Fund managers which hold on to capital for too long and huge asset-liability mismatches are among the factors which prompt the UK’s Blu Family Office to proceed with caution. However, it has found that shorter-duration strategies have much to recommend them – and is now also considering longer-duration and high-risk strategies such as distressed. The firm’s Tom Tardif answered our questions below.
When it comes to the outlook for the private debt market, would you describe yourself as an optimist or a pessimist – and why?
Generally, we are optimistic but there are some good reasons to be pessimistic too. As such, we continue to invest in the private debt market but with considerable caution. Currently, we invest in short-duration private lending funds, e.g. trade finance or real estate-backed lending. These strategies performed very consistently through the financial crisis but over time the yields have come down – most notably in 2017 and 2018. Despite this, the yield is still far more attractive versus the public debt markets and, as a result, we believe this is the best value ‘fixed income’ we can get.
Consequently, but pessimistically speaking, these attractive returns have resulted in a lot of investors wanting exposure to the asset class, particularly institutional money. Some lending funds have grown so rapidly in AUM that they can’t lend it all. As such, we try to avoid greedy fund managers who take in money they can’t deploy, as we certainly don’t want to pay a management fee to a fund holding a significant amount of cash. On the other hand, we don’t want a fund to relax their lending standards in order to have a low cash utilisation rate. Therefore, it’s important to do thorough due diligence on a strategy prior to investing and to monitor it regularly post investing.
What do you see as the biggest challenges facing private debt at the current time?
Anything that grows rapidly, like the private debt market, will experience a lot of big challenges. As I mentioned above, we invest in short-duration private lending strategies which are often structured as open-ended funds. One of the biggest challenges with an open-ended fund is the redemption terms. A lot of the funds we see offer their investors great liquidity yet originate long-duration loans. For example, one fund we reviewed offered investors monthly liquidity but extended loans with tenors of up to four years. That’s a huge ‘asset-liability mismatch’, and a fund won’t be able to provide the liquidity it has promised investors in an event where a large proportion of them want their money back at the same time.
Sadly, the funds offering this false liquidity are popular with investors. We do not invest in these funds and, unfortunately, that limits our universe of funds considerably. It also means we have to spend significant time educating our clients about the differences between private and public debt liquidity. However, we take comfort in investing in funds with no ‘asset-liability mismatch’, meaning if our clients wanted to liquidate their entire holdings, we could do this in line with the redemption terms.
Following from the previous question, which areas of the market are you most comfortable having exposure to – and which areas might be the wrong ones in today’s climate?
As investors, we are relatively agnostic to which areas of the market we have exposure to. We would like to achieve a diversified portfolio of private debt strategies, in terms of geography and type of collateral we lend against. We use private debt to provide our clients with an alternative source of fixed income, so we are not looking to invest in high-risk lending opportunities. We typically choose fund managers that lend using developed country currencies and use English-based law for the basis of their legal loan contracts, in order to mitigate local jurisdictional and political risks. With regards to which areas might be the wrong ones in today’s climate, we have decided to reduce our exposure to Latam lending opportunities, as we feel that the returns offer poor value relative to the risks being taken (i.e. there is little in the way of premium for lending into this ‘developing’ region).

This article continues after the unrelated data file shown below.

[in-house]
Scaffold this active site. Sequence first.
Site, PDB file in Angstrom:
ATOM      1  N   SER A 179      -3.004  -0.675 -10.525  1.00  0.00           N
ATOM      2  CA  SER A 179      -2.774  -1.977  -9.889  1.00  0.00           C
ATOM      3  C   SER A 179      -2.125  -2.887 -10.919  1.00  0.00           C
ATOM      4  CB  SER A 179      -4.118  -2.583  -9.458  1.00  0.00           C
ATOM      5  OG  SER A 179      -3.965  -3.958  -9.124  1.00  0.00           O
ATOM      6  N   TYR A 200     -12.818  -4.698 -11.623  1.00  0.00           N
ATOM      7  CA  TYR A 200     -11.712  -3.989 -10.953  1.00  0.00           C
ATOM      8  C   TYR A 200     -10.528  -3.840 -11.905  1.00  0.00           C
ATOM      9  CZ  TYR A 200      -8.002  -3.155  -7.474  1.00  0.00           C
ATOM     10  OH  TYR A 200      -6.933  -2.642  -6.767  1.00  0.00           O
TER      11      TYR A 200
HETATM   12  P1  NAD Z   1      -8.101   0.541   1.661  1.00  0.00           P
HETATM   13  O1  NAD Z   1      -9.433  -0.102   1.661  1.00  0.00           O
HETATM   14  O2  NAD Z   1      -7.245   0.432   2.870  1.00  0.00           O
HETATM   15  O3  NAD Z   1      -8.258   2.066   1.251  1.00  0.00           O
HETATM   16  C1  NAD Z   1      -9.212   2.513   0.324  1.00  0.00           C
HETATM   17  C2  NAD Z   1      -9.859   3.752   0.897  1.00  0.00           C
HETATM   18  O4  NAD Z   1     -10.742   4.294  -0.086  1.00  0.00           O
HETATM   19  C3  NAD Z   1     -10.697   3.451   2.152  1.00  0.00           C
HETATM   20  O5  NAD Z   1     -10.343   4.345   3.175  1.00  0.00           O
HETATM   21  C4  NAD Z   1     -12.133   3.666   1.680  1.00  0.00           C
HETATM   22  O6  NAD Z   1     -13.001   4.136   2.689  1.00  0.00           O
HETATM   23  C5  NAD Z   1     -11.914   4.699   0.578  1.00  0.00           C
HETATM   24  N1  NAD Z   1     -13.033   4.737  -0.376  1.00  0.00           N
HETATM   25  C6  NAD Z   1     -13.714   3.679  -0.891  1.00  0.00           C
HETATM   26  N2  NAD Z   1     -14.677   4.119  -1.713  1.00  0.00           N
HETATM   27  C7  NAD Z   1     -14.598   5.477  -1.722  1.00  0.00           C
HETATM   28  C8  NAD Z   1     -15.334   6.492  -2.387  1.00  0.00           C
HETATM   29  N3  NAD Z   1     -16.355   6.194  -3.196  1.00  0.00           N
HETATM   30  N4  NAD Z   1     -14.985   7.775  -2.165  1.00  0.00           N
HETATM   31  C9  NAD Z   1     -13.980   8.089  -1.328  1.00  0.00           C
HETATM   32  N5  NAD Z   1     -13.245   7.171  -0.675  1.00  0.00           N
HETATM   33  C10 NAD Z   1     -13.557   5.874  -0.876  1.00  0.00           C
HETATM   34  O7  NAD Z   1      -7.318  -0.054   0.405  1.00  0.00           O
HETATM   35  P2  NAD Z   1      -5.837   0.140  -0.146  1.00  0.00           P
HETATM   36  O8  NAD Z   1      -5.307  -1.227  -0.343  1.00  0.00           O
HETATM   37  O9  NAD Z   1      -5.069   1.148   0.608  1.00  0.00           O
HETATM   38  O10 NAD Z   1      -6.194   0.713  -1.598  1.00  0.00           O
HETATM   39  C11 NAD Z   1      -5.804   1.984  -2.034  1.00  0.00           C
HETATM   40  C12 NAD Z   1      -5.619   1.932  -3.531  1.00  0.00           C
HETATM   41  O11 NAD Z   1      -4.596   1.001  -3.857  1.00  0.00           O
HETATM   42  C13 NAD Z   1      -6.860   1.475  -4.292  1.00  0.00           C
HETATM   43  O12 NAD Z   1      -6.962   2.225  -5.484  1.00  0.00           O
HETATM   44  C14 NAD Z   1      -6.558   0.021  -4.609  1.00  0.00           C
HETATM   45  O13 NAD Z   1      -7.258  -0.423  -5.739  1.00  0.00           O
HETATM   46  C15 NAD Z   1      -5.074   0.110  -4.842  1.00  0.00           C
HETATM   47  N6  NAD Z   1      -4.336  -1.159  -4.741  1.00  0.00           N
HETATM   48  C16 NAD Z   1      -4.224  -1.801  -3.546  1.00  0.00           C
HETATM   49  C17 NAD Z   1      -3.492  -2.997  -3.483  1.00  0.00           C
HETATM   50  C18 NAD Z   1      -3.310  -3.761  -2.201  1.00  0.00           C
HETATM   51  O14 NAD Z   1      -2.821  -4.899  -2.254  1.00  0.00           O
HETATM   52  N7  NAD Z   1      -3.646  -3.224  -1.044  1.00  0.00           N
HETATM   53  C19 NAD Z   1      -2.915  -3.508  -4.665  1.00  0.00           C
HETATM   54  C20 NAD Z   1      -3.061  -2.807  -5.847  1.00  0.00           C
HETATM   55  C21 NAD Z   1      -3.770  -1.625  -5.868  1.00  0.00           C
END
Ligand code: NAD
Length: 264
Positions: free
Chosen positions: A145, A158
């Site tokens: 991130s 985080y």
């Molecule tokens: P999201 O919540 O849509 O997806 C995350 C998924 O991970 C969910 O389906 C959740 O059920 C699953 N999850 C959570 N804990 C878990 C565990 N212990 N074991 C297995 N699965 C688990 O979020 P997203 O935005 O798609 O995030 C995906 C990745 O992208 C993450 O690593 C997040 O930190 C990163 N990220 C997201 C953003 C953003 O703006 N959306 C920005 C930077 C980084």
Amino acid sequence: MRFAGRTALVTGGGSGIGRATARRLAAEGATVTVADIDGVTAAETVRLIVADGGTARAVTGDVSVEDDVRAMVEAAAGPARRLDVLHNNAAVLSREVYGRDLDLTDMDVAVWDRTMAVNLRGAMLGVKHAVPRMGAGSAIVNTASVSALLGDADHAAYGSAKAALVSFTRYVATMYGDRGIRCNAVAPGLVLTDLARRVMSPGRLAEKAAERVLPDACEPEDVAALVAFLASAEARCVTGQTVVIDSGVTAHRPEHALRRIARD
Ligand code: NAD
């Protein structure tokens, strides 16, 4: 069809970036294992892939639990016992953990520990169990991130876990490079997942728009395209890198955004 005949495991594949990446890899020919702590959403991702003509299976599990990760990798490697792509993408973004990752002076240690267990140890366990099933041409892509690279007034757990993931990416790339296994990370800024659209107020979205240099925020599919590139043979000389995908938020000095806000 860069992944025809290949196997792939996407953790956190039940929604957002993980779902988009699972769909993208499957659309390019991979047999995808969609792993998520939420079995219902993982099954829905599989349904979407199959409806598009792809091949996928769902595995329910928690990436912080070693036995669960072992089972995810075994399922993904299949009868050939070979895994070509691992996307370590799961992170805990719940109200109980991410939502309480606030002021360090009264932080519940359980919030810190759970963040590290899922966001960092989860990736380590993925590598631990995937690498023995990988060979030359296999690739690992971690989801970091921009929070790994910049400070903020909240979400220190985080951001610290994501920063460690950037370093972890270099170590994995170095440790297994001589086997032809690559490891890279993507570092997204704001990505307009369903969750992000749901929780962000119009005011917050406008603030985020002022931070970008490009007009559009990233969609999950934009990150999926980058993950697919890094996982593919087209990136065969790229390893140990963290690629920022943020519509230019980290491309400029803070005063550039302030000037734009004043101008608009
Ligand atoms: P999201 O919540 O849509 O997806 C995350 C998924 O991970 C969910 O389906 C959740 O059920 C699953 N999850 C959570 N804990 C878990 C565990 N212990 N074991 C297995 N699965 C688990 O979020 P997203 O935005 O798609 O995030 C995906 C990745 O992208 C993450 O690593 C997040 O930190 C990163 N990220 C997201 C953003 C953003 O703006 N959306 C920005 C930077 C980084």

How is your approach shaped by being a family office? Do you think we can expect more family office involvement in private debt as time goes on?
Our (current) approach to investing in private debt is on the low risk side, in order to achieve a reliable and consistent fixed income for our clients. This approach came about as a result of our clients commenting on the near zero interest rates the public markets were achieving. So, when we were introduced to short-duration private debt, we were very impressed. Consequently, in 2016, we launched our Blu Income Fund, that invests in private debt strategies, providing our clients (and outside investors) with diversified exposure to the asset class and a fixed income yielding 5-6 percent.
As a family office, we are investing both for the long term and on behalf of families with children through to great grandparents. As such, each family member has a different risk preference when it comes to investing. Our first step with private debt was investing in short-duration opportunities and to use the asset class to achieve a low-risk fixed income. However, now we are looking into what private debt can offer us in terms of longer duration and higher risk, such as distressed. We certainly expect more family office involvement in private debt as time goes on – in fact, it already has a huge following as, unlike other investors that are obsessed over liquidity and the likes of UCITS structures, family offices are investing for the long term and can lock up (some of) their wealth for a long time.
Tom Tardif is an associate at Blu Family Office, a family asset manager based in Richmond, London